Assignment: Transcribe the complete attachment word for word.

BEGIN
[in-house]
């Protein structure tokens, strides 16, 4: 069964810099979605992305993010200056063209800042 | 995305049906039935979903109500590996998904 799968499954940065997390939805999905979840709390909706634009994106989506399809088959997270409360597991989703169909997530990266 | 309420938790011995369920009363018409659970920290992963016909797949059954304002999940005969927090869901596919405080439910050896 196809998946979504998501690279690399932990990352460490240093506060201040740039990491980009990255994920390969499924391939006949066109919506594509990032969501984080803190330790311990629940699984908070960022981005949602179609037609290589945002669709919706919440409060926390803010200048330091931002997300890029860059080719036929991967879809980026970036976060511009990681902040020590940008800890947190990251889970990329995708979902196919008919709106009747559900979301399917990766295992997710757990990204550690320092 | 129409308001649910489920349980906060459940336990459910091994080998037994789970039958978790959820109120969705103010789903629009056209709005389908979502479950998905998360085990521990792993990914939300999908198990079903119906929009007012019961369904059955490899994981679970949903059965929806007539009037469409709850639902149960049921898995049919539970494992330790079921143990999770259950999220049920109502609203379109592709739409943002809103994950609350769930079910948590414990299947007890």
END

[in-house]
């Protein structure tokens, strides 16, 4: 069964810099979605992305993010200056063209800042 | 995305049906039935979903109500590996998904 799968499954940065997390939805999905979840709390909706634009994106989506399809088959997270409360597991989703169909997530990266 | 309420938790011995369920009363018409659970920290992963016909797949059954304002999940005969927090869901596919405080439910050896 196809998946979504998501690279690399932990990352460490240093506060201040740039990491980009990255994920390969499924391939006949066109919506594509990032969501984080803190330790311990629940699984908070960022981005949602179609037609290589945002669709919706919440409060926390803010200048330091931002997300890029860059080719036929991967879809980026970036976060511009990681902040020590940008800890947190990251889970990329995708979902196919008919709106009747559900979301399917990766295992997710757990990204550690320092 | 129409308001649910489920349980906060459940336990459910091994080998037994789970039958978790959820109120969705103010789903629009056209709005389908979502479950998905998360085990521990792993990914939300999908198990079903119906929009007012019961369904059955490899994981679970949903059965929806007539009037469409709850639902149960049921898995049919539970494992330790079921143990999770259950999220049920109502609203379109592709739409943002809103994950609350769930079910948590414990299947007890």